Content on Why Do People Do Bad (and Good) Things?
If someone develops a brain tumor that affects their decision-making, how responsible are they for their actions? Is a sense of meaning more important than a sense of right and wrong? How does religion change the way we talk about questions of good and evil?
These are a few of the questions that this Sinai and Synapses Discussion Forum explores.
Instead of writing off the enemy as evil animals who are motivated by greed or mental illness, an anthropologist actually tries to understand where ISIS is coming from, so as to better interpret their motives.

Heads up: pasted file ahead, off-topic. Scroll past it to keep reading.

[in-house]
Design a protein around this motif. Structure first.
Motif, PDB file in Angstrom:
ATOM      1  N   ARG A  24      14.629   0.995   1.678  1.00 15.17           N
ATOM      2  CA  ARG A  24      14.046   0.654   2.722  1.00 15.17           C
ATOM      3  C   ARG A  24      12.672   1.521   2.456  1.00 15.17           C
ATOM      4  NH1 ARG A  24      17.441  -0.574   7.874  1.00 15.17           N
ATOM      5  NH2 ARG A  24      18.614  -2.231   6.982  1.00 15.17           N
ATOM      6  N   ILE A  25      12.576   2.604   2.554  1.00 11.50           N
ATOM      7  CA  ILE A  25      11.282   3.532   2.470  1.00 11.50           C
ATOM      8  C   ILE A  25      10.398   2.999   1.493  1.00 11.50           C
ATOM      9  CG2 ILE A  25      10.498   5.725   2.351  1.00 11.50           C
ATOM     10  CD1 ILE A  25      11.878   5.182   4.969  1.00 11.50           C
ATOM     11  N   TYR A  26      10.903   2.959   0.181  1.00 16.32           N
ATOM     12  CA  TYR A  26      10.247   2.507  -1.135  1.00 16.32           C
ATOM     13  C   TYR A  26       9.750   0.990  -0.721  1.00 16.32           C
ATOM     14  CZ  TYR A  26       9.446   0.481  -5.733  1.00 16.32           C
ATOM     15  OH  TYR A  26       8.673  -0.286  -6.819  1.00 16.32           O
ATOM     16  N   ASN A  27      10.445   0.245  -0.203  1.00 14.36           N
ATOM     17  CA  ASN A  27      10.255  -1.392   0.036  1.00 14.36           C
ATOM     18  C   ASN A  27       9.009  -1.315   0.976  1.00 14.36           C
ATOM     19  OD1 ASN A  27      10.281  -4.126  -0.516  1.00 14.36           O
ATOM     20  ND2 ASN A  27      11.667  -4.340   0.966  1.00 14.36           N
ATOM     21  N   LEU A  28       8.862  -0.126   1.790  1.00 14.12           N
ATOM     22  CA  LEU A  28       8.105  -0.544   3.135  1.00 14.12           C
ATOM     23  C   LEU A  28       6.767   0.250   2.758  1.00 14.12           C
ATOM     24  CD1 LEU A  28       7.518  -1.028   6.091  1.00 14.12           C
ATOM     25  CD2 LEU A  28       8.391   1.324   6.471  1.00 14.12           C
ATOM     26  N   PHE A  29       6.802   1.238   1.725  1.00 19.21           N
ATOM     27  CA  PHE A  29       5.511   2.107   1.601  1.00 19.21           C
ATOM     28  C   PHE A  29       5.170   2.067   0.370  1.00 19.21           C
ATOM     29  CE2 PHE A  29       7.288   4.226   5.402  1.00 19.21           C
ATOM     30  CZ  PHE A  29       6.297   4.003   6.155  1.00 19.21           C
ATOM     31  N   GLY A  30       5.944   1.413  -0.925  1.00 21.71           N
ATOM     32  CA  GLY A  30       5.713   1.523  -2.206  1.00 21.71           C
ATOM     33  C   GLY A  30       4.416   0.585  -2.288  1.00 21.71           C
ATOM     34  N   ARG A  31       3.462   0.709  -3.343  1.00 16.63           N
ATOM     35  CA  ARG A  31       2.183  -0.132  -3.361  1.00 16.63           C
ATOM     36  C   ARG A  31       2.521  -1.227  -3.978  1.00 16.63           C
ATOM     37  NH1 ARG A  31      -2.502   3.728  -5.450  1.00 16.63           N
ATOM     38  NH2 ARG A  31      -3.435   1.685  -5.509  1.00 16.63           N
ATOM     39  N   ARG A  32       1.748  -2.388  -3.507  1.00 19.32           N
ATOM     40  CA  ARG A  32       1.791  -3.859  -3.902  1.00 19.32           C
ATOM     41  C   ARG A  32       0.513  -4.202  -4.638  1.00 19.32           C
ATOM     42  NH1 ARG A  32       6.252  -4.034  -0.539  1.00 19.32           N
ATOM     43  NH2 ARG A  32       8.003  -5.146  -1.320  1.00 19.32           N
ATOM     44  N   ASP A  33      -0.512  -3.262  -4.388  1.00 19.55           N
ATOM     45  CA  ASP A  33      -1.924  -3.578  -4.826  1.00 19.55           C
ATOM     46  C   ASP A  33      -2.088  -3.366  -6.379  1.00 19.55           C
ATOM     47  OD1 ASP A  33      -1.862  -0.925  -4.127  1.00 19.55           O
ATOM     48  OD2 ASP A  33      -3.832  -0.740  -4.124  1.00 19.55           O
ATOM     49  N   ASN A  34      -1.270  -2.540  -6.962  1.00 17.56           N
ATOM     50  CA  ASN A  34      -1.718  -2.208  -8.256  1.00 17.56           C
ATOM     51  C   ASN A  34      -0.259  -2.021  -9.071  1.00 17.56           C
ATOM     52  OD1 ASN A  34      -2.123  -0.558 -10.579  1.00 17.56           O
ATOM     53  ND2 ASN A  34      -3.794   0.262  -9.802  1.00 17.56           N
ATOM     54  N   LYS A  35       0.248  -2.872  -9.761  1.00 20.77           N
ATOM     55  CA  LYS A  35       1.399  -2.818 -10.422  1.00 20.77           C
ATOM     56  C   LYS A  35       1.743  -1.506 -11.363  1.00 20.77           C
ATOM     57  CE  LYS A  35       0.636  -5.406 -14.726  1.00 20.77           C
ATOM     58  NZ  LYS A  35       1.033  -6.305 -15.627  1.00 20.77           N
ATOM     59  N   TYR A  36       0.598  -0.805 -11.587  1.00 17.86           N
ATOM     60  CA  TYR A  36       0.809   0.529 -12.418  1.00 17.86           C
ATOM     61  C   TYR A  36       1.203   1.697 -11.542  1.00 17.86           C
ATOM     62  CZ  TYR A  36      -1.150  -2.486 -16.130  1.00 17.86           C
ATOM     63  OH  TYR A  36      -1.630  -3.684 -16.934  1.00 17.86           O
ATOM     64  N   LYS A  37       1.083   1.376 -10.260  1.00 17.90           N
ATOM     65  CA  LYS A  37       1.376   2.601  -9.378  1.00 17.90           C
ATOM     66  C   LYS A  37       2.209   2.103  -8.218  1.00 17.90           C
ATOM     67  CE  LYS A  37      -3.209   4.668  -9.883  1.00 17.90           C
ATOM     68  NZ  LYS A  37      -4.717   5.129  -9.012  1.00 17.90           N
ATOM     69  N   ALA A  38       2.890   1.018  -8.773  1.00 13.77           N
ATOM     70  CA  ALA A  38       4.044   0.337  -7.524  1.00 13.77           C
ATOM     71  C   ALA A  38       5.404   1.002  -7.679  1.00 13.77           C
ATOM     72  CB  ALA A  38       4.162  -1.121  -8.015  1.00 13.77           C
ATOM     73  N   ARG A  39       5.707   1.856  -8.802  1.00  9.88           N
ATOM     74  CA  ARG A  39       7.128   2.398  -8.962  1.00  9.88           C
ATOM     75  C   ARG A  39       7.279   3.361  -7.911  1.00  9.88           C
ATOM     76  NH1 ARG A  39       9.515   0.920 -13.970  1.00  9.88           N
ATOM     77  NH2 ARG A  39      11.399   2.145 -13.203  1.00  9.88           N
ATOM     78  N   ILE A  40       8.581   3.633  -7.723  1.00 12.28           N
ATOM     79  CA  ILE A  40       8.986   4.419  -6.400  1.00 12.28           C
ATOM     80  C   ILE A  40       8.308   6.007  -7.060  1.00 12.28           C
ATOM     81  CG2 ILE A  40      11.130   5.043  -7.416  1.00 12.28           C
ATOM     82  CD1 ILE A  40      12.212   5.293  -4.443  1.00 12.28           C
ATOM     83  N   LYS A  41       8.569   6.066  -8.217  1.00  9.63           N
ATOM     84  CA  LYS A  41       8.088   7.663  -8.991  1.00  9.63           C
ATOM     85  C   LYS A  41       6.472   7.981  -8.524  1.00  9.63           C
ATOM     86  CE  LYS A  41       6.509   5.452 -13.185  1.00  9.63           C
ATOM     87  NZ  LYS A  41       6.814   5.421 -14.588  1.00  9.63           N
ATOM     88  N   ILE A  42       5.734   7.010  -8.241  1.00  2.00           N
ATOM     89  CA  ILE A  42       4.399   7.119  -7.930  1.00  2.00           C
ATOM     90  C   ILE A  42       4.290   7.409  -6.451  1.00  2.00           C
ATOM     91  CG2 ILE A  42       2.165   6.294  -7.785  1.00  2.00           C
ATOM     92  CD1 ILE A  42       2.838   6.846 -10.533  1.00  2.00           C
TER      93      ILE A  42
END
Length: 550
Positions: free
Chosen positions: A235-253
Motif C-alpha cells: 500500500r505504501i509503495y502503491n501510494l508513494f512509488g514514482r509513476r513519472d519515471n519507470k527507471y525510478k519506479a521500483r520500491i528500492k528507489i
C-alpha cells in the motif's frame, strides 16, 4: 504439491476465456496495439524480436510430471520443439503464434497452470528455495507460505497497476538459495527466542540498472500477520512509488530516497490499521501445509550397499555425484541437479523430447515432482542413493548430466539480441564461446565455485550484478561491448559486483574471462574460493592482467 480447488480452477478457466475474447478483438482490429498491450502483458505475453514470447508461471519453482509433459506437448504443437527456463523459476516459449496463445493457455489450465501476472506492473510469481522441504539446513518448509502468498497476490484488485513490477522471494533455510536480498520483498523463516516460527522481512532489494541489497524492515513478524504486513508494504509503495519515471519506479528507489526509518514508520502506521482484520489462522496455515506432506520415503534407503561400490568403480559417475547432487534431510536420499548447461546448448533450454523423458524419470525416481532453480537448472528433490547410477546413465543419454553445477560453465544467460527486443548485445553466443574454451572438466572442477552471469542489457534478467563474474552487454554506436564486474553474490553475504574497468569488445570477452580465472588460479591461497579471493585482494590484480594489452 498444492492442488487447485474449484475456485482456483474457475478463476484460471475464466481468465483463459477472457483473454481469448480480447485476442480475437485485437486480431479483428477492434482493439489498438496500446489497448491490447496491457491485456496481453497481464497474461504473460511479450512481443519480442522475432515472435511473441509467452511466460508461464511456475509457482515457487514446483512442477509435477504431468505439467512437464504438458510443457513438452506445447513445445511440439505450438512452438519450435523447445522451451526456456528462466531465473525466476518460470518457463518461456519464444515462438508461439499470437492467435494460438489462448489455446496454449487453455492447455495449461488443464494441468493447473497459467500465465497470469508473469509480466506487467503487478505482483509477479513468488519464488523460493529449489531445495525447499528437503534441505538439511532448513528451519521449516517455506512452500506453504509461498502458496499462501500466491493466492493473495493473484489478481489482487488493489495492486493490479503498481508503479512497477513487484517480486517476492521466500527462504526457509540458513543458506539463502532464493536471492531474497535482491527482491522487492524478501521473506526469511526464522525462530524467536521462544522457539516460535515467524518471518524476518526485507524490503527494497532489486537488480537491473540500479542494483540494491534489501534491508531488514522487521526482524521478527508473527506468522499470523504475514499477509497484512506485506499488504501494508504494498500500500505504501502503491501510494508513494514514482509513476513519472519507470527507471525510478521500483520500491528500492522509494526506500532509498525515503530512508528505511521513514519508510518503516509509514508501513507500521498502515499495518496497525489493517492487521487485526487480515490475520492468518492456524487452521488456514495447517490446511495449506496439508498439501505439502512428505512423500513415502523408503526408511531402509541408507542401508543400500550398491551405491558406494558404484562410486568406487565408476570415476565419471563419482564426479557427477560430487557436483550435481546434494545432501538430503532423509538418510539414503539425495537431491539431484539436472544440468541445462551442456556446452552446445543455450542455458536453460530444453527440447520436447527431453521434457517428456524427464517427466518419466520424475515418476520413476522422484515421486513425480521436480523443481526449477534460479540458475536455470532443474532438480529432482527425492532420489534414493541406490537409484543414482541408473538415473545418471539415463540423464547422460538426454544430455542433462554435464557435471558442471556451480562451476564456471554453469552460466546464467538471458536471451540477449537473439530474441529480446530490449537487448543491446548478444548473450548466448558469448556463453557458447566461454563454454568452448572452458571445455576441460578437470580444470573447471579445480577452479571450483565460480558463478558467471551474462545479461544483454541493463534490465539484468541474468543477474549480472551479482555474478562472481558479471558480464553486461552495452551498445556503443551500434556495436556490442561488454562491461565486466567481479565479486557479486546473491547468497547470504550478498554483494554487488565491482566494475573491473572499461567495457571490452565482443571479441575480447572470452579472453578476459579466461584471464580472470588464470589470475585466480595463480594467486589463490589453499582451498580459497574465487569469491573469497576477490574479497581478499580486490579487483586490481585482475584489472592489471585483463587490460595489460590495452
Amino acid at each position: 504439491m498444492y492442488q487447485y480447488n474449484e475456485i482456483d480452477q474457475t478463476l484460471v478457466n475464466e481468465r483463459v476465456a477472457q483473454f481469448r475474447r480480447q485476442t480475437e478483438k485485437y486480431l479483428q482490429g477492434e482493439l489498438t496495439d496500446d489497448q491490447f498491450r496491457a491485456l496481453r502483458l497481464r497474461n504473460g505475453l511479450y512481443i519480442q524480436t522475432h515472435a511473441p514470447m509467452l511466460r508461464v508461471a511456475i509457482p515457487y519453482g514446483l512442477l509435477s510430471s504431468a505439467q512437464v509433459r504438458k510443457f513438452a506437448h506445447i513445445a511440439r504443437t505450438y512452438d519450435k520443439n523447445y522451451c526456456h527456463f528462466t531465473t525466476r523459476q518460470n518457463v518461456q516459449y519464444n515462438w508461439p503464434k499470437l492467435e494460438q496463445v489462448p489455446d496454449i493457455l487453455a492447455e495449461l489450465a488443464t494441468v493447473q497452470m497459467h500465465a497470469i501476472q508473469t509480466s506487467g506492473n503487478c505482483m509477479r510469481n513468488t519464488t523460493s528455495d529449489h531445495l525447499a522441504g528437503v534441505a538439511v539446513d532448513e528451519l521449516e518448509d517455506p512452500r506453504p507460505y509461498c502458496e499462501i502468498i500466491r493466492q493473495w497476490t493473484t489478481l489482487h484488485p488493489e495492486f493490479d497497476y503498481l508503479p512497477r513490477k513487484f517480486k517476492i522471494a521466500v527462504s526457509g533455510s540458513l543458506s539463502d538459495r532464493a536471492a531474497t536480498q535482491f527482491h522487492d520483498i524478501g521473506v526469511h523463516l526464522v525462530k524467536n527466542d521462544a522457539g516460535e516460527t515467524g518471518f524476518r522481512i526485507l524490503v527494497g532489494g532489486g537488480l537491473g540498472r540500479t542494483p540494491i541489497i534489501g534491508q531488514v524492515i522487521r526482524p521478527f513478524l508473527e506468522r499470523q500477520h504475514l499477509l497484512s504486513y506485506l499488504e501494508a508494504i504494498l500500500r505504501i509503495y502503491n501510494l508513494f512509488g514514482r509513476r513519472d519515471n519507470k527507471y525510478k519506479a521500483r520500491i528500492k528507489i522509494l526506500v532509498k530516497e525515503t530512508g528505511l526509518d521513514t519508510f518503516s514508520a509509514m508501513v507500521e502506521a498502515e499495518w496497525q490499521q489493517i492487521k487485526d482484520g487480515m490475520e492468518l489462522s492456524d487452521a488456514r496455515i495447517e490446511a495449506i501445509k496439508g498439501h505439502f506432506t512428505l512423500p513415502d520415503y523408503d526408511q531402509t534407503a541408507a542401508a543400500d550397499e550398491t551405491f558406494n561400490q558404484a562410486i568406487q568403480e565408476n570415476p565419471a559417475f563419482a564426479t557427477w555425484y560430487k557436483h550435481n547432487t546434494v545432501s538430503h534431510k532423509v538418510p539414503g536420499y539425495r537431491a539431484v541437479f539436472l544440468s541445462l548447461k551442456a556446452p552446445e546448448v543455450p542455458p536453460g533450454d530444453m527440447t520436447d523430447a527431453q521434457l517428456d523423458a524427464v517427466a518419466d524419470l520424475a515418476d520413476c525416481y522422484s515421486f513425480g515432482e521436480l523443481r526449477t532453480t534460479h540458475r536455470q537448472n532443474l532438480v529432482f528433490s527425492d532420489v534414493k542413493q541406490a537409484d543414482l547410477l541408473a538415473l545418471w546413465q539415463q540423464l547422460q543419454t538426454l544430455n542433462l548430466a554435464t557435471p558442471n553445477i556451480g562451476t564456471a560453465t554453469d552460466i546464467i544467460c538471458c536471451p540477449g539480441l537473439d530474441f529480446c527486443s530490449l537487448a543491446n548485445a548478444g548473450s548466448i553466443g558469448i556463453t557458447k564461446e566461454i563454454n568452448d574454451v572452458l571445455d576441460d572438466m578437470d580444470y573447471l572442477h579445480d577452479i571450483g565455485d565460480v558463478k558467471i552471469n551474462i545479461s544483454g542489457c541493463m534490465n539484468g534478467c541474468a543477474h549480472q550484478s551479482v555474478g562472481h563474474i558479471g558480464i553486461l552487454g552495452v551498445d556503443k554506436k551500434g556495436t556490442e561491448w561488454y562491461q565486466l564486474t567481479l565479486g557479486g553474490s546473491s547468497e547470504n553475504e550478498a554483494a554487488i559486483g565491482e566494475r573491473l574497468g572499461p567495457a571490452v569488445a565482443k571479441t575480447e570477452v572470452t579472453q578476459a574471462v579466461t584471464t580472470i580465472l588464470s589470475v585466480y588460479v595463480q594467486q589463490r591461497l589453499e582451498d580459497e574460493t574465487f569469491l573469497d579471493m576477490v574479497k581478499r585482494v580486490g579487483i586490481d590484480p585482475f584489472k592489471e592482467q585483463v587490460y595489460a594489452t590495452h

The moral questions surrounding technological advances that advance life, maximizing goodness using reason and logic, and the complicated nature of goodness and power — here’s what’s new in science and morality this week.
Connor Wood argues that religion’s evolutionary adaptiveness (or lack thereof) shouldn’t have the slightest bearing on the epistemic credibility of religious beliefs, or the ultimate goodness of religion.
Understanding the brains of killers, using “religious liberty” to encourage tolerance, and the possible historical link between affluence and moral religions – here’s what’s new in science and morality this week.